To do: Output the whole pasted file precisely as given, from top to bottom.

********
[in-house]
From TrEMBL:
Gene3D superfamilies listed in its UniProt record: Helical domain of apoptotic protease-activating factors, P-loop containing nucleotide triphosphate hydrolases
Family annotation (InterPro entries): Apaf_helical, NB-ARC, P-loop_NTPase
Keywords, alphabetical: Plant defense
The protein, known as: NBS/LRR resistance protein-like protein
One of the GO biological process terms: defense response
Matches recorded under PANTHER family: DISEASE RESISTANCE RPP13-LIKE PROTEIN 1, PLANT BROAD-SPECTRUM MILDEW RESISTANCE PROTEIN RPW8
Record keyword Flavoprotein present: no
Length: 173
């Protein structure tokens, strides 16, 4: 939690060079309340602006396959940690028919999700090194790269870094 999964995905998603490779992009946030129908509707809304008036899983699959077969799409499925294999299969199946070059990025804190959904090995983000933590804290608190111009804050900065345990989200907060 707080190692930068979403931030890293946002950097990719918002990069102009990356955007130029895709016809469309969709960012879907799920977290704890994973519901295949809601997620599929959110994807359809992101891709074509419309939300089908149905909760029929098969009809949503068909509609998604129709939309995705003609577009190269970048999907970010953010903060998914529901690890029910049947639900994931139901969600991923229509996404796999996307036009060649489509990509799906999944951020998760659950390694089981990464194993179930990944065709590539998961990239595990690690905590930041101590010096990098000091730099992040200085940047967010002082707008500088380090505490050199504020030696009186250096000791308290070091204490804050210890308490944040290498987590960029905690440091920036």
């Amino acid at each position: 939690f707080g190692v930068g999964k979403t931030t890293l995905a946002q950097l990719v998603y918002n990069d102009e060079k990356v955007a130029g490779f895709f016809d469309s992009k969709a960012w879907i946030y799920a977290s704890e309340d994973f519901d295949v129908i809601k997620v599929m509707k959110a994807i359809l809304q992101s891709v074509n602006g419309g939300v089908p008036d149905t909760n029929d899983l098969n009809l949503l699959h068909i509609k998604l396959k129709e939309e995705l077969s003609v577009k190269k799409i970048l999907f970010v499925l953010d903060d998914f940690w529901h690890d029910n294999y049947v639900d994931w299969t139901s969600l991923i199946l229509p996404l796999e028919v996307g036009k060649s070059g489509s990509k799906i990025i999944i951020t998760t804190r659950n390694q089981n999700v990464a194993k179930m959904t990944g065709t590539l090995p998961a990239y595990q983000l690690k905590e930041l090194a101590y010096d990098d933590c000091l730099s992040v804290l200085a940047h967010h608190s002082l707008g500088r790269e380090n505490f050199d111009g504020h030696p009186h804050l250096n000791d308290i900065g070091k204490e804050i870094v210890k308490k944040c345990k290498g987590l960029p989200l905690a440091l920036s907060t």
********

[in-house]
From TrEMBL:
Gene3D superfamilies listed in its UniProt record: Helical domain of apoptotic protease-activating factors, P-loop containing nucleotide triphosphate hydrolases
Family annotation (InterPro entries): Apaf_helical, NB-ARC, P-loop_NTPase
Keywords, alphabetical: Plant defense
The protein, known as: NBS/LRR resistance protein-like protein
One of the GO biological process terms: defense response
Matches recorded under PANTHER family: DISEASE RESISTANCE RPP13-LIKE PROTEIN 1, PLANT BROAD-SPECTRUM MILDEW RESISTANCE PROTEIN RPW8
Record keyword Flavoprotein present: no
Length: 173
């Protein structure tokens, strides 16, 4: 939690060079309340602006396959940690028919999700090194790269870094 999964995905998603490779992009946030129908509707809304008036899983699959077969799409499925294999299969199946070059990025804190959904090995983000933590804290608190111009804050900065345990989200907060 707080190692930068979403931030890293946002950097990719918002990069102009990356955007130029895709016809469309969709960012879907799920977290704890994973519901295949809601997620599929959110994807359809992101891709074509419309939300089908149905909760029929098969009809949503068909509609998604129709939309995705003609577009190269970048999907970010953010903060998914529901690890029910049947639900994931139901969600991923229509996404796999996307036009060649489509990509799906999944951020998760659950390694089981990464194993179930990944065709590539998961990239595990690690905590930041101590010096990098000091730099992040200085940047967010002082707008500088380090505490050199504020030696009186250096000791308290070091204490804050210890308490944040290498987590960029905690440091920036």
């Amino acid at each position: 939690f707080g190692v930068g999964k979403t931030t890293l995905a946002q950097l990719v998603y918002n990069d102009e060079k990356v955007a130029g490779f895709f016809d469309s992009k969709a960012w879907i946030y799920a977290s704890e309340d994973f519901d295949v129908i809601k997620v599929m509707k959110a994807i359809l809304q992101s891709v074509n602006g419309g939300v089908p008036d149905t909760n029929d899983l098969n009809l949503l699959h068909i509609k998604l396959k129709e939309e995705l077969s003609v577009k190269k799409i970048l999907f970010v499925l953010d903060d998914f940690w529901h690890d029910n294999y049947v639900d994931w299969t139901s969600l991923i199946l229509p996404l796999e028919v996307g036009k060649s070059g489509s990509k799906i990025i999944i951020t998760t804190r659950n390694q089981n999700v990464a194993k179930m959904t990944g065709t590539l090995p998961a990239y595990q983000l690690k905590e930041l090194a101590y010096d990098d933590c000091l730099s992040v804290l200085a940047h967010h608190s002082l707008g500088r790269e380090n505490f050199d111009g504020h030696p009186h804050l250096n000791d308290i900065g070091k204490e804050i870094v210890k308490k944040c345990k290498g987590l960029p989200l905690a440091l920036s907060t």